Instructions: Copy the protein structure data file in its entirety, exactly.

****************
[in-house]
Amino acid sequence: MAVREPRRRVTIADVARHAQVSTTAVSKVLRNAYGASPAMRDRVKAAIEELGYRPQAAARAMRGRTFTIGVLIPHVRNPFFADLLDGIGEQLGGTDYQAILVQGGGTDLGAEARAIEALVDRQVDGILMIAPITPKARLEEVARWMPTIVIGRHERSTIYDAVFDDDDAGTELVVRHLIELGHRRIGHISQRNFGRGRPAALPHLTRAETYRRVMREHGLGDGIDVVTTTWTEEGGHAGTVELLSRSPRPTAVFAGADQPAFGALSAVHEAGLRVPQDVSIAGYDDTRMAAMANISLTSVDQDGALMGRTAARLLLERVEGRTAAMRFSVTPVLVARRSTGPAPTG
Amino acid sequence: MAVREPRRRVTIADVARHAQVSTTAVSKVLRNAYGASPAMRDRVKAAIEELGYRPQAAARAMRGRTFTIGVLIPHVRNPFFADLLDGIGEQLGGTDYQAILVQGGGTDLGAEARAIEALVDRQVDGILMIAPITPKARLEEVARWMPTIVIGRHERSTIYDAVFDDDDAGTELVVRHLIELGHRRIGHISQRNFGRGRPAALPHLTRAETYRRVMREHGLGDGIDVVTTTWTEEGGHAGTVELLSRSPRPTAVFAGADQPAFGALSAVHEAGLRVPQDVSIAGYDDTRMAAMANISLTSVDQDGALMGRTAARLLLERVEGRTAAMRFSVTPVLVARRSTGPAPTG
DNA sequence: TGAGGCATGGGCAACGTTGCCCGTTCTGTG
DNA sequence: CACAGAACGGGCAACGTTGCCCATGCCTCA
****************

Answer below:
[in-house]
Amino acid sequence: MAVREPRRRVTIADVARHAQVSTTAVSKVLRNAYGASPAMRDRVKAAIEELGYRPQAAARAMRGRTFTIGVLIPHVRNPFFADLLDGIGEQLGGTDYQAILVQGGGTDLGAEARAIEALVDRQVDGILMIAPITPKARLEEVARWMPTIVIGRHERSTIYDAVFDDDDAGTELVVRHLIELGHRRIGHISQRNFGRGRPAALPHLTRAETYRRVMREHGLGDGIDVVTTTWTEEGGHAGTVELLSRSPRPTAVFAGADQPAFGALSAVHEAGLRVPQDVSIAGYDDTRMAAMANISLTSVDQDGALMGRTAARLLLERVEGRTAAMRFSVTPVLVARRSTGPAPTG
Amino acid sequence: MAVREPRRRVTIADVARHAQVSTTAVSKVLRNAYGASPAMRDRVKAAIEELGYRPQAAARAMRGRTFTIGVLIPHVRNPFFADLLDGIGEQLGGTDYQAILVQGGGTDLGAEARAIEALVDRQVDGILMIAPITPKARLEEVARWMPTIVIGRHERSTIYDAVFDDDDAGTELVVRHLIELGHRRIGHISQRNFGRGRPAALPHLTRAETYRRVMREHGLGDGIDVVTTTWTEEGGHAGTVELLSRSPRPTAVFAGADQPAFGALSAVHEAGLRVPQDVSIAGYDDTRMAAMANISLTSVDQDGALMGRTAARLLLERVEGRTAAMRFSVTPVLVARRSTGPAPTG
DNA sequence: TGAGGCATGGGCAACGTTGCCCGTTCTGTG
DNA sequence: CACAGAACGGGCAACGTTGCCCATGCCTCA